By John Stencel
Picture this: A devastating hurricane, arguably the worst one to hit in a decade, rips through several states. There is widespread damage to homes and other buildings. Roads and bridges must be repaired before they can be used.”
Not unexpectedly, the governors of the affected states declare them disaster areas, and emergency disaster funding begins pouring in. The money is used to help people repair and replace what they have lost so that they can get on with their lives. Few Americans would begrudge the citizens of such a disaster the federal assistance they receive, realizing that the actual costs are well beyond what they receive from the federal government.
So, can you imagine the outrage that would occur if those receiving assistance to deal with the emergency found deductions in their Social Security checks or cutbacks in their local police force as ways to offset the cost of the federal emergency funding?
That is exactly how some in the U.S. House are suggesting we fund emergency disaster assistance to American farmers and ranchers devastated by drought and other natural disasters. President George Bush took a hard line on emergency assistance when it was first raised last spring. Agriculture Secretary Ann Veneman first responded to requests for assistance by saying that the farm bill should take care of any losses. When reminded that farm bill programs worked only if producers had crops and prices were low, the Bush administration suggested that any disaster funding allocated should be offset by cuts to farm bill programs.
In fact, farm bill payments will be $5 billion less than projected due to smaller yields and better commodity prices for farmers who do have a crop. The U.S. Senate in early September passed a bill that would provide emergency assistance to producers suffering losses from natural disasters and is estimated to cost about the same amount as the projected savings.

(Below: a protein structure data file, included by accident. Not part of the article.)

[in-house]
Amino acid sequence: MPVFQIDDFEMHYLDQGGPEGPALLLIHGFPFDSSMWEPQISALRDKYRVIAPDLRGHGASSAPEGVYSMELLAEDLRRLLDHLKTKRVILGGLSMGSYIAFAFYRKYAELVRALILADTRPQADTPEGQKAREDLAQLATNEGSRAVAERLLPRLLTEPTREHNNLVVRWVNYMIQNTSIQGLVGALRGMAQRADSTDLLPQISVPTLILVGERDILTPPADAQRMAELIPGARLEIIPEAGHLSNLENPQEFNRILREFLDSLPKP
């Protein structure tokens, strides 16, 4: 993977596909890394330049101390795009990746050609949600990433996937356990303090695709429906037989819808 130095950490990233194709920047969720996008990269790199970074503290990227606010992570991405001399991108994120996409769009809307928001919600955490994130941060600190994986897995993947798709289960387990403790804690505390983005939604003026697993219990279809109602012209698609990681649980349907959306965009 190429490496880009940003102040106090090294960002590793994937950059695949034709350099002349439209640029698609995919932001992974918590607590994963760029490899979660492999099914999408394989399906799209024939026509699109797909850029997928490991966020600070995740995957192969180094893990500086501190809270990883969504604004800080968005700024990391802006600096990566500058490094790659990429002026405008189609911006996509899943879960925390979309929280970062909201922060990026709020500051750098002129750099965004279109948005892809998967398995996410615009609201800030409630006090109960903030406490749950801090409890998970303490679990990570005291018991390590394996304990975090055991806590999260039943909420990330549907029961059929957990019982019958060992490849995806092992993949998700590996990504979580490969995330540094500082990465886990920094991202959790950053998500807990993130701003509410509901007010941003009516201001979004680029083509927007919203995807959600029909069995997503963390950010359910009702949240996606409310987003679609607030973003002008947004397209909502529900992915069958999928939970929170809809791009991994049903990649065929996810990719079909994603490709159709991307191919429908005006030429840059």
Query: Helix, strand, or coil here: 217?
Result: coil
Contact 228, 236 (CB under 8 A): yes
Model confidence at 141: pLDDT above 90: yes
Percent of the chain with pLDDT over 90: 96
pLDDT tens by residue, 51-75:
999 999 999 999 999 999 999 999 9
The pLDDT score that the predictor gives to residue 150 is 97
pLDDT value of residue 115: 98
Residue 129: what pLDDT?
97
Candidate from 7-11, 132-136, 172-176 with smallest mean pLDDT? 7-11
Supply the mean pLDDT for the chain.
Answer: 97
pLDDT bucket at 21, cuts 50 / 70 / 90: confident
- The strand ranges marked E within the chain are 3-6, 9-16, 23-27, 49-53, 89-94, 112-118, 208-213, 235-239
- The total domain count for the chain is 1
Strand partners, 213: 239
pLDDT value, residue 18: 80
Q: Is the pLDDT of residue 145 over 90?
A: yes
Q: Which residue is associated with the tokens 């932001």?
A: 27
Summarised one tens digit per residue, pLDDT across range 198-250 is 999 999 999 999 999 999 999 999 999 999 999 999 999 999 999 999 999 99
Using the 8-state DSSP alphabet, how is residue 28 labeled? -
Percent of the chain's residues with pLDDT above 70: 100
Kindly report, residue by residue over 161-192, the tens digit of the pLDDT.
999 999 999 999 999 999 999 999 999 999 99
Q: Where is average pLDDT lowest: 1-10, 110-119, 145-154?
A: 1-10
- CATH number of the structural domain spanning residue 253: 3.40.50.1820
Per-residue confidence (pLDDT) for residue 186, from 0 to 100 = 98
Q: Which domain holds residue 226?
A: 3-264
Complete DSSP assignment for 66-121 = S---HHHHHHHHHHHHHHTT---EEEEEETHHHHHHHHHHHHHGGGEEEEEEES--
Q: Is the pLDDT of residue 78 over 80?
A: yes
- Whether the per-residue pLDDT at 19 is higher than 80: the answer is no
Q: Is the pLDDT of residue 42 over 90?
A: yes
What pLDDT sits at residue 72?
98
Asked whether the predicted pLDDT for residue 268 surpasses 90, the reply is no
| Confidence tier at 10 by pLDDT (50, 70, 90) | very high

Even still, President Bush and many in Congress have refused to address the impact of the drought on producers and rural America with significant action. While opening up Conservation Reserve Program land for haying and grazing and implementing a feed program with excess milk powder has been helpful, it is like trying to dam the Mississippi River with twigs.
To their credit, all Colorado representatives, except for Rep. Scott McGinnis, R-Colo., have signed on as co-sponsors of a bill sponsored by Rep. Barbara Cubin, R-Wyo., that would provide emergency disaster assistance. Rocky Mountain Farmers Union is strongly urging members of the U.S. House to pass this legislation and President Bush to sign it now!
Many producers in the Rocky Mountain region are hanging on by a thread. Even with emergency aid, some will not survive. But for many more, this assistance could make the difference between sinking and swimming.